HOW TO GROW SOLANUM JASMINOIDES 'ALBUM'

How to grow Solanum jasminoides 'Album' - https://pocketcameraphotoblogger.files.wordpress.com/

Commonly known as the 'Potato Vine' or 'Jasmine Nightshade', Solanum jasminoides 'Album' (now correctly classified as Solanum laxum 'Album') is a slender, fast-growing, evergreen climber with twining stems and fragrant blooms. Native to southeastern Brazil, it was first introduced to European science in 1838. Since that time it has become a popular choice in many temperate and subtropical zones. However it has often escaped the garden environment and naturalized in the surrounding countryside. In Brisbane and Sydney in Australia it is now regarded as a pest species.

Solanum jasminoides 'Album' flowers
You can grow Solanum jasminoides 'Album' outside in the milder, southern regions of England and Ireland, but it will struggle to survive the wet and freezing and winter conditions as you go further north.

Solanum jasminoides 'Album' can be grown in any ordinary, well-drained garden soil. It isn't considered as hardy as some of the other popular species and cultivars of Solanum climbers, and so will need to be grown against the sheltered protection of a south or west-facing wall. Plant container grown plants in April or May and gently secure the stems to the supporting structure. Once in place the stems will naturally twine but may occasionally need tying in.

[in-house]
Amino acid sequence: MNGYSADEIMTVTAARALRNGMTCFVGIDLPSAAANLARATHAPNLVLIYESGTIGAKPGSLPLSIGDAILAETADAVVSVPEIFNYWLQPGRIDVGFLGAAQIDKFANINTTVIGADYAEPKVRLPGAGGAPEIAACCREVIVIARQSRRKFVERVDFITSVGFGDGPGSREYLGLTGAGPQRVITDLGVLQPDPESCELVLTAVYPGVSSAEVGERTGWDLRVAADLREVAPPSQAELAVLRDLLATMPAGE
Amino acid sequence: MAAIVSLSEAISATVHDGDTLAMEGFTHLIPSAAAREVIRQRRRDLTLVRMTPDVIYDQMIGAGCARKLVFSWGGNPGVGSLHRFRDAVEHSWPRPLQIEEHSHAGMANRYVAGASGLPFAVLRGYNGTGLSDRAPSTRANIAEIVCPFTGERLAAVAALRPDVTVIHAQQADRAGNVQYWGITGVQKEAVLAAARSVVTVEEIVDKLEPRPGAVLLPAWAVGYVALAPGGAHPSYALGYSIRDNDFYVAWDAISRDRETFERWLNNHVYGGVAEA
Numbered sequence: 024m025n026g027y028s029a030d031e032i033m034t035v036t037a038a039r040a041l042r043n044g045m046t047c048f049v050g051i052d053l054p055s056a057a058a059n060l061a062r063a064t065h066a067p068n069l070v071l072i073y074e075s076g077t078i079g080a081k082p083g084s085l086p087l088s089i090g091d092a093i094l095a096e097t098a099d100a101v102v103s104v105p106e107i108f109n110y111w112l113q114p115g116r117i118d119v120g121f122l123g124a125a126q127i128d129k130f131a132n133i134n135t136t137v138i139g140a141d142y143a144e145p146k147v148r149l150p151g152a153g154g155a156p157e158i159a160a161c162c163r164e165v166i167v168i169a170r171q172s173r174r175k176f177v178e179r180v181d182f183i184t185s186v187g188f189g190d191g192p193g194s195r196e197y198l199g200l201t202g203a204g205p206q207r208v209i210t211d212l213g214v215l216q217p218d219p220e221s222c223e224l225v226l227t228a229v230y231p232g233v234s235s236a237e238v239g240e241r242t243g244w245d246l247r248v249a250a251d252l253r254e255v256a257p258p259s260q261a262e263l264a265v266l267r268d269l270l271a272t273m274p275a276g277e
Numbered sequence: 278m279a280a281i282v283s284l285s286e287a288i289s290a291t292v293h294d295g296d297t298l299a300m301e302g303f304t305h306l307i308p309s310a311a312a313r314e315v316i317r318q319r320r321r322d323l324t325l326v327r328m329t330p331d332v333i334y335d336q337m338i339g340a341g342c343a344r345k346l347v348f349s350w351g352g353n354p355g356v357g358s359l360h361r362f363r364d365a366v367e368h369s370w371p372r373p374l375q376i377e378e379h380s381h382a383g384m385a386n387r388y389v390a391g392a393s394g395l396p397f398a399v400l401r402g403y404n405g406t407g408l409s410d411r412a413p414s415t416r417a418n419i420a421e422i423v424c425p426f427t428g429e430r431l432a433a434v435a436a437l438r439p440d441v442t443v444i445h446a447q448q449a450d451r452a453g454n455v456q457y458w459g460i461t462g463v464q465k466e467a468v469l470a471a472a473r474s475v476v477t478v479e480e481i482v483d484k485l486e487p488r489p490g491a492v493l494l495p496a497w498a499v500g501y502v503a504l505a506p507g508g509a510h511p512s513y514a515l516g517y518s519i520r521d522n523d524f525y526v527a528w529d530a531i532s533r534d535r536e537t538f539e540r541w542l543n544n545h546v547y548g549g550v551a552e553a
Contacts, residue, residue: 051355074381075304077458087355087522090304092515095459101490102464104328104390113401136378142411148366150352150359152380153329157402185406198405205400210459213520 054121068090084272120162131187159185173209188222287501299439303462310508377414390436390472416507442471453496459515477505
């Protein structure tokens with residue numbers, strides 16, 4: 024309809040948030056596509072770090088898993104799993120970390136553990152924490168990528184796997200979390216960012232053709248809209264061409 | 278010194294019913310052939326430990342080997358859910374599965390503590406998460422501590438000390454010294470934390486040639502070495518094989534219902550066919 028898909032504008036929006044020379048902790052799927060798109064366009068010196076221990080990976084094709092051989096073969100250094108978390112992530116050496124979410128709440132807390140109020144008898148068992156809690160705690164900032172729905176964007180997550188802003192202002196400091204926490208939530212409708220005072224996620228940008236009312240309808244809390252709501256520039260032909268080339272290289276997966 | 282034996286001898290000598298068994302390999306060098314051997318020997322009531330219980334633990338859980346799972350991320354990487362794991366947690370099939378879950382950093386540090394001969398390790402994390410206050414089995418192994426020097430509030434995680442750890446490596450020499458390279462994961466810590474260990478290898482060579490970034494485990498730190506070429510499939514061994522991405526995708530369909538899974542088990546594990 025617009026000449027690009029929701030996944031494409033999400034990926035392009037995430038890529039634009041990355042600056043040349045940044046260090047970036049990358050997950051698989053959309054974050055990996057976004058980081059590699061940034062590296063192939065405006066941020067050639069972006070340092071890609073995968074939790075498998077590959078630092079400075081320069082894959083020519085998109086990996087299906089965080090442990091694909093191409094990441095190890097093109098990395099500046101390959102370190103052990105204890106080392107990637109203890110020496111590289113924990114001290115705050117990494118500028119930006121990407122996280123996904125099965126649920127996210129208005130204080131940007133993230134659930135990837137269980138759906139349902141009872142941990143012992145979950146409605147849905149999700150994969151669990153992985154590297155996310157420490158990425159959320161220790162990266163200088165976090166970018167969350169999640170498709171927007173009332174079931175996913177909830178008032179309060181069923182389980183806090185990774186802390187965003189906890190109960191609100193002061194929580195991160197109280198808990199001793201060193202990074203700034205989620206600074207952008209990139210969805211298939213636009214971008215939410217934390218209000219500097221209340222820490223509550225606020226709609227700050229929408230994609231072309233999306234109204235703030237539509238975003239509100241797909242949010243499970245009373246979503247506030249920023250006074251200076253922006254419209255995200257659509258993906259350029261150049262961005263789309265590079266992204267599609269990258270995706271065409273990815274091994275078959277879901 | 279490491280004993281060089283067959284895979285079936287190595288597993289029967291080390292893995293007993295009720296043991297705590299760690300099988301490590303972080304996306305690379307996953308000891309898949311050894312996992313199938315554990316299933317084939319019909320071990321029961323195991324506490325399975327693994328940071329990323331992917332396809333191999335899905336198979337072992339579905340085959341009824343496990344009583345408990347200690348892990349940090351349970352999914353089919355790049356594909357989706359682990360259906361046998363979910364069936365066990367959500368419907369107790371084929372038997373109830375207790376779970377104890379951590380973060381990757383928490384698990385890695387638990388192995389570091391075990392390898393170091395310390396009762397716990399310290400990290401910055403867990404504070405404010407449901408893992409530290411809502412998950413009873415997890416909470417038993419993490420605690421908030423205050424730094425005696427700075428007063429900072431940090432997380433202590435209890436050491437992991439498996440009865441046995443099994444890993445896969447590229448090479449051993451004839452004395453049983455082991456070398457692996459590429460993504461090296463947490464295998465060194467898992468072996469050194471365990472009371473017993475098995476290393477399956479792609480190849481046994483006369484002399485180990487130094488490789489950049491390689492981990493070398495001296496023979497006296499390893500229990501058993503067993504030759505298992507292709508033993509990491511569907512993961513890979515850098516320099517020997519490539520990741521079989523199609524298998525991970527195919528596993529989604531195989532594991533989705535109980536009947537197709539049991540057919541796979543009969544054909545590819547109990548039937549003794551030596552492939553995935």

Overwinter, apply a protective covering or horticultural fleece once overnight temperatures begin to drop down to below 7 degrees Celsius.

In cooler northern European climates, you may need to grow Solanum jasminoides 'Album' as a greenhouse or conservatory specimen. Plant up into 8-10 inch pots containing a good quality compost such as John Innes 'No 2', greenhouse specimens can be planted directly into the borders. Maintain a minimum winter temperature of 5-7 degrees Celsius, keeping the soil around the roots just moist.
Water copiously during the growing season and ventilate freely.

Prune in March or April, thinning out and weak growths. Specimens overwintered outside can have any cold damaged shoots cut back to the main stems.